Baby beardies need at least a 20-gallon tank. Once your scaled pal is fully grown, he’ll require a 75-gallon tank, at the very least. When you have the tank picked out, you’ll need to get a safe, suitable substrate, such as reptile carpet. (Note: don’t use calcium sand for baby beardies, as it is only safe for adults.) Your tiny dinosaur will need dishes and a hidey-hole. The little guy will also appreciate having places to rest and explore, such as hammocks, rocks, branches, and plants.
You’ll need to pick up some special equipment to keep your lizard’s home environment right. Beardies require both UVA and UVB lighting. Your pet will also need a basking lamp to relax and look adorable under. Temperature is also important. Bearded dragons, like most reptiles, need different temperature zones, so they can move from one spot to another to warm up or cool down. Adult beardies should have a basking area that stays between 95-105 °F during the day. The rest of the cage can be about 80. At night, the cage can be a bit cooler. Ask your vet for specific advice, including suitable equipment, placement, and setup.
Feeding a bearded dragon is definitely not for the squeamish. Although your pet will need some fruits and veggie, live bugs will make up the bulk of his diet. You’ll need to dust your lizard’s insects with nutritional powder before feeding them to him. Ask your vet for more information.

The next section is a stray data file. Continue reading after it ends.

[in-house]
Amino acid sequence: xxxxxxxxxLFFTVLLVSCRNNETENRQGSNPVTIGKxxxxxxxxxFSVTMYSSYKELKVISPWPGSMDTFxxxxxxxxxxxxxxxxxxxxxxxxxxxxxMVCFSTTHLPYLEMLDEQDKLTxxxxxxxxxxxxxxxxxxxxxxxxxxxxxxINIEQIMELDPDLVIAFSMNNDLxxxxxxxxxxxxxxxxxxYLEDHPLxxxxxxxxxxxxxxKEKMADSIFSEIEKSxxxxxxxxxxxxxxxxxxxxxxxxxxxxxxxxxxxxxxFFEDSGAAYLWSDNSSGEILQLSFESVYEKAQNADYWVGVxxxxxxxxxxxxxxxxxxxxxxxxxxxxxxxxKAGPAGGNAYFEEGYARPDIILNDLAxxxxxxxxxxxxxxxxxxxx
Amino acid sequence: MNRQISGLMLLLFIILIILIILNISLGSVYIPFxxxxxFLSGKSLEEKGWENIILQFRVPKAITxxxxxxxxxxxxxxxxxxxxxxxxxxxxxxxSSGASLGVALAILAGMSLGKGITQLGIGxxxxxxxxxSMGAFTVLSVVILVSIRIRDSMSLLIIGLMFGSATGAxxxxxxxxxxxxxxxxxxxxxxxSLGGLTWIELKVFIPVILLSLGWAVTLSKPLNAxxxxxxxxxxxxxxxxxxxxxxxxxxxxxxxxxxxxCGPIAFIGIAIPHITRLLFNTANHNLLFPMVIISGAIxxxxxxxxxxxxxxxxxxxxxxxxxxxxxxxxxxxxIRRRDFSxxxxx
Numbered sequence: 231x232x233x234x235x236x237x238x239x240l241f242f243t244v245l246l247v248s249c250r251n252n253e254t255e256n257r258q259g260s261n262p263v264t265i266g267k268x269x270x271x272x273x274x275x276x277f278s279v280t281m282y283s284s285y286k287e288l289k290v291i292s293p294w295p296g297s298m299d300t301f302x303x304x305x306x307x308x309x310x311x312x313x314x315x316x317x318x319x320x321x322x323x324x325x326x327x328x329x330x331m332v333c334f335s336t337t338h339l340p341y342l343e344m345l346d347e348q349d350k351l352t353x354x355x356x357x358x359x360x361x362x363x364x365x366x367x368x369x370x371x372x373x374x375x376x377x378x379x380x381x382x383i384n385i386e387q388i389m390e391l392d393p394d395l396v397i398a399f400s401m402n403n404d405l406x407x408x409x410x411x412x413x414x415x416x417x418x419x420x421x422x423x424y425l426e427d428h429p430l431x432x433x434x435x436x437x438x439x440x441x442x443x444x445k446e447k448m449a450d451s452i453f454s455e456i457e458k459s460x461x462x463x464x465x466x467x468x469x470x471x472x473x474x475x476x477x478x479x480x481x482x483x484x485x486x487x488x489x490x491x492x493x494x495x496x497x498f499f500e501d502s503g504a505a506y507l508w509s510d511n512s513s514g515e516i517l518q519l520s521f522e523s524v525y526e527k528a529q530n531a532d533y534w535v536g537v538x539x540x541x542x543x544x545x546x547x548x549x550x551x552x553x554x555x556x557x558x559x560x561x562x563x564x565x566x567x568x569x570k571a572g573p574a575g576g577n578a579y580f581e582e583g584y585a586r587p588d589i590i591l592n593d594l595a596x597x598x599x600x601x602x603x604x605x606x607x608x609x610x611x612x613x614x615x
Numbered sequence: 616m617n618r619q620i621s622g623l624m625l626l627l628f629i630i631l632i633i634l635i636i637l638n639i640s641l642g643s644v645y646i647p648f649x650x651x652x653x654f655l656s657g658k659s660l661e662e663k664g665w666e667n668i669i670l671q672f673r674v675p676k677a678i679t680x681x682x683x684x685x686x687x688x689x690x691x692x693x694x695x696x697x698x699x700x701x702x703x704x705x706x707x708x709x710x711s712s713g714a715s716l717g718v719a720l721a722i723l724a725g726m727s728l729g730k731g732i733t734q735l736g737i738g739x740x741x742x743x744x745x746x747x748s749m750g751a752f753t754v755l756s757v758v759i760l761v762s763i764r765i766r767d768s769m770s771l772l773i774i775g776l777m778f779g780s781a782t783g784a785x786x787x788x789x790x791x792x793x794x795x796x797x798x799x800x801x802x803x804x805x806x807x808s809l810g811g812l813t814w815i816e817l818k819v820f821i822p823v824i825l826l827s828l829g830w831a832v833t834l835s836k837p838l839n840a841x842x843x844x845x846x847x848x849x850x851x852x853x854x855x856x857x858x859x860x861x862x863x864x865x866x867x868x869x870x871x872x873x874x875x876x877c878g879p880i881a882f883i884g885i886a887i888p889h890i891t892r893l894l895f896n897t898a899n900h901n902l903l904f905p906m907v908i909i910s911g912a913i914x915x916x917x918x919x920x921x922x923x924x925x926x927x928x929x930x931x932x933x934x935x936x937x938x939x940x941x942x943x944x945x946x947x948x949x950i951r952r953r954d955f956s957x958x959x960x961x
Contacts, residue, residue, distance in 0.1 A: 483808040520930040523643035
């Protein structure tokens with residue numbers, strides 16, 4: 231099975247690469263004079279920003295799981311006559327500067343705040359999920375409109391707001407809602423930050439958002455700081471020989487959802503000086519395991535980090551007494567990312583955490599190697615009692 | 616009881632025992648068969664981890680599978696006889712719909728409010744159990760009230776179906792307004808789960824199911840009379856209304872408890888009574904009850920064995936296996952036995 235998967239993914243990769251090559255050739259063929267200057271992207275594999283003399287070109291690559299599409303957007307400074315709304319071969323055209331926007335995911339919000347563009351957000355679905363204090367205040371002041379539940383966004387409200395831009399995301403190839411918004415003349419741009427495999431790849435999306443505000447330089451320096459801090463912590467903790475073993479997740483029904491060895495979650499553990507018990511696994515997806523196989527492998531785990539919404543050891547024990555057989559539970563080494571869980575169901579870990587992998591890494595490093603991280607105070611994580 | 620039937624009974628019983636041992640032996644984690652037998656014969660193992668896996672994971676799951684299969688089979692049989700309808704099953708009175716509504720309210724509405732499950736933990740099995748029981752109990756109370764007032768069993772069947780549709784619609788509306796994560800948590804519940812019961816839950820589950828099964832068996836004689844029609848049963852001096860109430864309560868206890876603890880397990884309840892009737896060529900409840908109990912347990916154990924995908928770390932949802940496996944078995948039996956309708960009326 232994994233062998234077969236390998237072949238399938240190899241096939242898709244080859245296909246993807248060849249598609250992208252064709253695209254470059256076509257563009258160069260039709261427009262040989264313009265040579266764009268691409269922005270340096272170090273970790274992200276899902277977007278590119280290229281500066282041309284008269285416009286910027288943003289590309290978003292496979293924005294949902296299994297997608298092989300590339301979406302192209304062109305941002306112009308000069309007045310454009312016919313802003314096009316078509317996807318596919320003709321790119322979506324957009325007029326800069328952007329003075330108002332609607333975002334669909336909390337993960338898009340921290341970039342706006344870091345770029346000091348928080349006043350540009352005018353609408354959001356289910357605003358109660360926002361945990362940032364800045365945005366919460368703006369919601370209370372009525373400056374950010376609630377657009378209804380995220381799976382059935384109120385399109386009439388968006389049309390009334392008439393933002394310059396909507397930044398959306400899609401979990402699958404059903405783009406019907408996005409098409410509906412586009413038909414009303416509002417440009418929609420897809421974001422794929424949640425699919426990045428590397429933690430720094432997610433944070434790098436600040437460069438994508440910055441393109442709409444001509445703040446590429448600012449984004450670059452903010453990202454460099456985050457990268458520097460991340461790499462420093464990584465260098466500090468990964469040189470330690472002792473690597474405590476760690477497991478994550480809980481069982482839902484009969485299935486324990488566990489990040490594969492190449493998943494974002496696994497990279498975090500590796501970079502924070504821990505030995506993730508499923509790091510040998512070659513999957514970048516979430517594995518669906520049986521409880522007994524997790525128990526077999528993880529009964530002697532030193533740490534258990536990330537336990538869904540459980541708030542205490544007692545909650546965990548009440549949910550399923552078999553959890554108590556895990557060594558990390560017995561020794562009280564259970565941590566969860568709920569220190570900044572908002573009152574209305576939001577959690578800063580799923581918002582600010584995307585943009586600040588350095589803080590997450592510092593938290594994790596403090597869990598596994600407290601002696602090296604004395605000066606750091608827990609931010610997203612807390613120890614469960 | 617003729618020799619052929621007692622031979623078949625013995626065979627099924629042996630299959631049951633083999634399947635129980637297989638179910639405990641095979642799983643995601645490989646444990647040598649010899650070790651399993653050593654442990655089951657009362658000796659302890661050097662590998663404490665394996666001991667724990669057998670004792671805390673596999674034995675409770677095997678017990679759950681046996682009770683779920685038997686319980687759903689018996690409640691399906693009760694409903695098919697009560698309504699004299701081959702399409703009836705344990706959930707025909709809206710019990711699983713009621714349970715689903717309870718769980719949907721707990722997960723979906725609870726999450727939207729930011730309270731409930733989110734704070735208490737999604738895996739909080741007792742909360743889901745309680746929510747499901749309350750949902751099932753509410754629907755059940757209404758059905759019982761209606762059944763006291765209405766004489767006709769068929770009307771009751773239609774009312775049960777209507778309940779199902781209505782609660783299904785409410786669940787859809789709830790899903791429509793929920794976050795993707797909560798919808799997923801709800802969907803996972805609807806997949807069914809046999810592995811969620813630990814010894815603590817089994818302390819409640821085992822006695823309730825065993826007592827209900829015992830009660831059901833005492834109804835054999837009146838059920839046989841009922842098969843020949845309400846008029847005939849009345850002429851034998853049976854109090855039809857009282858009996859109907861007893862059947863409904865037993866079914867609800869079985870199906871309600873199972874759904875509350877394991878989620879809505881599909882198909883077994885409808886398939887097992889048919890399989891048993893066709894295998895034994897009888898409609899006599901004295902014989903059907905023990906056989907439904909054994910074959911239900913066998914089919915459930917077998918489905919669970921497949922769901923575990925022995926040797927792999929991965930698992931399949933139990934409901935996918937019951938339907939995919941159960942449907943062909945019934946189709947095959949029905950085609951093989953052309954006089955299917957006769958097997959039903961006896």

Proper veterinary care is very important! Have your scaled buddy examined regularly. At home, watch for potential signs of sickness. Some common ones are diarrhea, reduced appetite, and discharge from the eyes, nose, or mouth. Call your vet right away if you see any red flags.
Bearded dragons are quite docile. However, to keep your beardy tame and socialized, you will need to handle him frequently. Let your lizard hang out on you while you are reading or watching TV. Just avoid picking him up by the tail: this can seriously hurt your pet!
Please contact us, your Chattanooga, TN pet clinic, anytime. We’re happy to help!